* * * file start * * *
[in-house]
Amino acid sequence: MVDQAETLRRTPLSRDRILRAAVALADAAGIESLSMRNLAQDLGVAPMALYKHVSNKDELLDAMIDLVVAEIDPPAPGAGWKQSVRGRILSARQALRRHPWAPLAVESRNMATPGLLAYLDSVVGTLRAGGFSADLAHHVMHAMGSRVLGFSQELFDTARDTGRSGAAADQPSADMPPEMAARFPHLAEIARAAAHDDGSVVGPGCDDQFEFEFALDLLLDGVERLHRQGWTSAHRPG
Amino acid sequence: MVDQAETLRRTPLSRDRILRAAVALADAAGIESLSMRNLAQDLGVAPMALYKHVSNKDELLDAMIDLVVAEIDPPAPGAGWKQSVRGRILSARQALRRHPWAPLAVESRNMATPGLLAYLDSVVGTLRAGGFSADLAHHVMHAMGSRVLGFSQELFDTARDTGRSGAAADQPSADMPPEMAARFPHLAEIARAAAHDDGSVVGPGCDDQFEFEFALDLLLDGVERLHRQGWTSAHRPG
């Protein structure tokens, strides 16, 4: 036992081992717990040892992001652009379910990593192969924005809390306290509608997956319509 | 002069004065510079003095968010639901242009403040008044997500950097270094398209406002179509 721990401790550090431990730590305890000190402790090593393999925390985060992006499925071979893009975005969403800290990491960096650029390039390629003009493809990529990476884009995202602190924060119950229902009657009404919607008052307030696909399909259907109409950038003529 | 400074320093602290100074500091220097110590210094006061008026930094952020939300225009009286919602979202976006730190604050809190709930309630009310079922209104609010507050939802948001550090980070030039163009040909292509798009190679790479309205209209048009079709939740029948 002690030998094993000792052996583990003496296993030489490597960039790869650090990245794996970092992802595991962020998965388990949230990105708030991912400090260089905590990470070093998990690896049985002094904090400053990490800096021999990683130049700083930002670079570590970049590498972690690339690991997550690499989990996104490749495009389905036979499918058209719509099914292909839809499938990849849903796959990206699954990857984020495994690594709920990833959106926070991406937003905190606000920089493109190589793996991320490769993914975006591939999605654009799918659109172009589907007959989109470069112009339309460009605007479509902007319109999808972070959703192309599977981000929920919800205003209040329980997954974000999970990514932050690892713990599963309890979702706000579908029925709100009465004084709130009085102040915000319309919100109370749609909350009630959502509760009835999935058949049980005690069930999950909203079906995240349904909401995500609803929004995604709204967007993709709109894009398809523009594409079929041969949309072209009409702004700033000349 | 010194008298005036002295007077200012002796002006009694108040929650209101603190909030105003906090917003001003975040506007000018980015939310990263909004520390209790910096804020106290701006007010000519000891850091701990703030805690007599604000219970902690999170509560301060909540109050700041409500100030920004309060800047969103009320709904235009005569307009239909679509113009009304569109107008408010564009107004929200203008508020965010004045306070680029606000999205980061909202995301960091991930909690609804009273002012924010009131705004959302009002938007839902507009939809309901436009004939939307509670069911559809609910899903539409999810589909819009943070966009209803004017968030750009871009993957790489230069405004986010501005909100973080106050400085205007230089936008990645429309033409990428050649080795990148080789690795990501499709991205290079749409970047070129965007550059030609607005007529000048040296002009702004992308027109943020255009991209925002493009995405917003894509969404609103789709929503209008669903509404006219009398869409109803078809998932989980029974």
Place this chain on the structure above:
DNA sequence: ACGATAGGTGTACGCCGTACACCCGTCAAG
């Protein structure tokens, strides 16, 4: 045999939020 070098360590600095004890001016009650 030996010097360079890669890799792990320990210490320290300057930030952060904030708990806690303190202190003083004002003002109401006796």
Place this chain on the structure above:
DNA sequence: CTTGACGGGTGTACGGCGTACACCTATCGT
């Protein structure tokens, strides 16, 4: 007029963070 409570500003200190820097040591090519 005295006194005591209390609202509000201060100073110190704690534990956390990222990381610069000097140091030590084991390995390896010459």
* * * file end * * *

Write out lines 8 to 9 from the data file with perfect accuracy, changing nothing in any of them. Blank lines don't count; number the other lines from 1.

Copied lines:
Place this chain on the structure above:
DNA sequence: CTTGACGGGTGTACGGCGTACACCTATCGT